Fast trains to nowhere in Southeast Asia

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Thai Prime Minister Prayut Chan-ocha takes a window seat on board a special train at Hua Lamphong station after presiding over a December 21, 2016 ceremony to unveil 20 renovated passenger carriages as a New Year gift to the public.

Fast trains to nowhere in Southeast Asia

Despite various schemes underway to upgrade decrepit railways, few are designed with a vision towards improving regional connectivity

China’s Foreign Minister Wang Yi urged Thailand on a July 24 visit to strengthen “cooperation in the construction of the China-Thai railway,” calling the kingdom “a very important partner” in China’s One Belt One Road initiative.

Yi did not make clear, at least in his press statement, where the cooperation needed to be strengthened, but better coordination between Thailand and its neighbors would be a good starting point.

Last month coup-installed Thai Prime Minister Prayut Chan-ocha used his extraordinary powers under Article 44 of the military’s interim constitution to push through the long-delayed China-Thai high-speed train project, sweeping aside certain legal obstacles such as Thai regulations barring Chinese engineers from working on the project without local licenses.

The project, which has been on government drawing boards since 2010, is still a far cry from securing a high-speed link between Thailand and China any time soon.

Under its current design the Sino-Thai high-speed rail will provide a 252.5-kilometer-long link between Bangkok and Nakhon Ratchasima, the largest city in northeastern Thailand. The project will be financed by Thailand, costing an estimated 179 billion baht (US$5.4 billion.)

The train’s top speed will be 250 kilometers per hour, averaging 180 kph, a slow pace for high-speed trains which can reach up to 380 kph elsewhere. Thailand, which has no experience with building high-speed railways, will use a Thai contractor to build the tracks while hiring Chinese experts to do the detailed design, construction consulting and engineering.

Exact details of the deal have not been publicly disclosed but observers anticipate Thailand will purchase Chinese trains and equipment for the rail.

Chinese Foreign Minister Wang Yi (L) shakes hands with Thai Prime Minister Prayuth Chan-O-Cha (R) at Government House in Bangkok, Thailand July 24, 2017.

Chinese engineers will apparently need to take crash courses in Thai engineering standards, local topography and the Thai language. Previous Chinese designs of the project have been submitted in the Chinese language, according to local reports.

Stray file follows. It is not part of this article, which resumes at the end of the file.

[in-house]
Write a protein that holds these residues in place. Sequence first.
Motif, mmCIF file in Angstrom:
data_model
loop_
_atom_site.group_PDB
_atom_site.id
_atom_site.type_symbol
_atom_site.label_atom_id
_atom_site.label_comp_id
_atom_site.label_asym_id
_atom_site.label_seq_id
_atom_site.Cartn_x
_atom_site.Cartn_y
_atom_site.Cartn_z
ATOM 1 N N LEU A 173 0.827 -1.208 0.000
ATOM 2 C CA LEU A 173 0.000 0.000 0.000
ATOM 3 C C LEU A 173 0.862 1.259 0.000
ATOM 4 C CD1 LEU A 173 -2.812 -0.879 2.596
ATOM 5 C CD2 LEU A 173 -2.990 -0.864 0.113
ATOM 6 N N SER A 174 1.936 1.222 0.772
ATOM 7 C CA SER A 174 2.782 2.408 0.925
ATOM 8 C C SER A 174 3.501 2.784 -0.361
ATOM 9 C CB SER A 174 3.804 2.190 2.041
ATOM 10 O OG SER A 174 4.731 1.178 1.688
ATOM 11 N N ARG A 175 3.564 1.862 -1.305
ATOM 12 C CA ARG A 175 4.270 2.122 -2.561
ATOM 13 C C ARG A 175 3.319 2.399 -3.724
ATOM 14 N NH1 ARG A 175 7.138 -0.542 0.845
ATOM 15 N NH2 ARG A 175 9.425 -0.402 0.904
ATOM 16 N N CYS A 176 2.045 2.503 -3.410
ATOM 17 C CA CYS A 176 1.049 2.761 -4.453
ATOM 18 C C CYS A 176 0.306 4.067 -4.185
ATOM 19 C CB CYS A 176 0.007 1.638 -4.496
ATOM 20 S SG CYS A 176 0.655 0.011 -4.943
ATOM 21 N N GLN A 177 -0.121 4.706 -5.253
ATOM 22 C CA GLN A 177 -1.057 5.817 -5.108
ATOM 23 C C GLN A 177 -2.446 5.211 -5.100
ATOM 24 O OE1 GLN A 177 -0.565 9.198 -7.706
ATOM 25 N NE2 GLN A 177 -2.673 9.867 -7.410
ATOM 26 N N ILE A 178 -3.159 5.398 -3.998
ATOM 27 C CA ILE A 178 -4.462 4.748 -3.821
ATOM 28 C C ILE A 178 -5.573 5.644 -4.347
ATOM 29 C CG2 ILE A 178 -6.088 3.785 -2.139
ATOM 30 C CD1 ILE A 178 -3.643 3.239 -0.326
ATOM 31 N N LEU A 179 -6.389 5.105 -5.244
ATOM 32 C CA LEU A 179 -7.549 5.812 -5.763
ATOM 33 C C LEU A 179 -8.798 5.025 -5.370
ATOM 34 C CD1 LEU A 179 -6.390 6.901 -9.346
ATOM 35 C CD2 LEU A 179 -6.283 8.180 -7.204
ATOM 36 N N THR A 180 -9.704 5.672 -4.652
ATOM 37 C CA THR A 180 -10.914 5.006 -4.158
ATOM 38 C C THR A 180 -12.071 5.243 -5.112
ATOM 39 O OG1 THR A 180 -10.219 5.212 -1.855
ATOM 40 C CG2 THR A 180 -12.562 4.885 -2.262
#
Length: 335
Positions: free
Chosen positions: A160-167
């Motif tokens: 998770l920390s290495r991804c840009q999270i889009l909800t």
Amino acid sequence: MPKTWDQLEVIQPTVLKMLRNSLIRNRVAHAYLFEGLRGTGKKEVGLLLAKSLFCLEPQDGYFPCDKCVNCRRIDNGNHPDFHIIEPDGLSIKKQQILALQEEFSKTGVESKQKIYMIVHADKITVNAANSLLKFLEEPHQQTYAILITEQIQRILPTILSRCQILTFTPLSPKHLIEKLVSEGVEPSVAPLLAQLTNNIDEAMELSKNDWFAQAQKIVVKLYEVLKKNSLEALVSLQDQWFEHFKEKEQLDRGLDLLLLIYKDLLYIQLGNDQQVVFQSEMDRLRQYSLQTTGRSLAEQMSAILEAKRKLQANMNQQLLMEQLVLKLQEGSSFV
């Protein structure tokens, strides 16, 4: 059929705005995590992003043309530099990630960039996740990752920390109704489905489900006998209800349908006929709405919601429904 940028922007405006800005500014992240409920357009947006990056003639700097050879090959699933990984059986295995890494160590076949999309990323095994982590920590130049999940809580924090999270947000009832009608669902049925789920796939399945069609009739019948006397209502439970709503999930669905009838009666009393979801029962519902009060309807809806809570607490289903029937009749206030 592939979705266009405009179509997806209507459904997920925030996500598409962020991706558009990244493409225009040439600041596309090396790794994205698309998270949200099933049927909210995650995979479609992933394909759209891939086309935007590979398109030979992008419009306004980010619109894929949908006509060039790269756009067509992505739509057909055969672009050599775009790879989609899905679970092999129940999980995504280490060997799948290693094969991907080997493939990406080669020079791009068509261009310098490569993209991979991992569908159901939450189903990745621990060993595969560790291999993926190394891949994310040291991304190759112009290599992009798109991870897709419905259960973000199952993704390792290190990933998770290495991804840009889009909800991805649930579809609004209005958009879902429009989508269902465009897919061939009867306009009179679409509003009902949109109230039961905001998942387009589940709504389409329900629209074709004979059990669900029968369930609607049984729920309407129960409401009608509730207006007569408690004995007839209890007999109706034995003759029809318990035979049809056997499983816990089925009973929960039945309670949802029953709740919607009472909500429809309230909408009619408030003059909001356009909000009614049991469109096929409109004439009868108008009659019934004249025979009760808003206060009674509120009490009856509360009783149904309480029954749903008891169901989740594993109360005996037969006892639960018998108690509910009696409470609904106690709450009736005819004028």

There is an understanding that this first-phase project will lead to a second-phase high-speed connection between Nakhon Ratchasima and Nong Khai, on the border with Laos, to hook up with the Laos-China Railway Project which is currently under construction in Laos, and on to the southern Chinese city of Kunming.

Before proceeding with that expensive extension, Thai officials would be wise to research what their neighbors are doing.

On December 25, Laos officially started work on a 414-kilometer-long Laos-China Railway project linking its northern city of Boten, on the Lao-China border, to Vientiane, the Lao capital.

The project, which is being undertaken as a joint venture between the two governments (Laos 30%; China 70%) will cost an estimated US$6 billion, equivalent to almost half Laos’ gross domestic product (GDP) of US$13.7 billion in 2016.

Tunnel construction underway in the Lao town of Luang Prabang on the Laos-China High-Speed railway project.

The initial investment will be US$2.38 billion, of which Laos’ contribution is US$715 million, with US$250 million coming from the national budget and US$465 million from a loan from the Export-Import Bank of China at 2.3% interest.

It represents the largest infrastructure investment ever undertaken by nominally communist Laos, still ranked among the world’s least developed nations after recent years of fast growth.

Some economists wonder how the single-track, 1.435 mm standard gauge rail link will benefit the 6.8 million Lao population. The six Chinese contractors constructing the link plan (requiring 75 tunnels and 167 bridges) plan to use 30,000 Chinese laborers.

There are also questions about how the railway, which will travel at a top speed of 160 kph for passenger services and 120 kph for freight, will link up with Thailand and its deep-sea ports in Laem Chabang and Map Ta Phut on the Eastern Seaboard.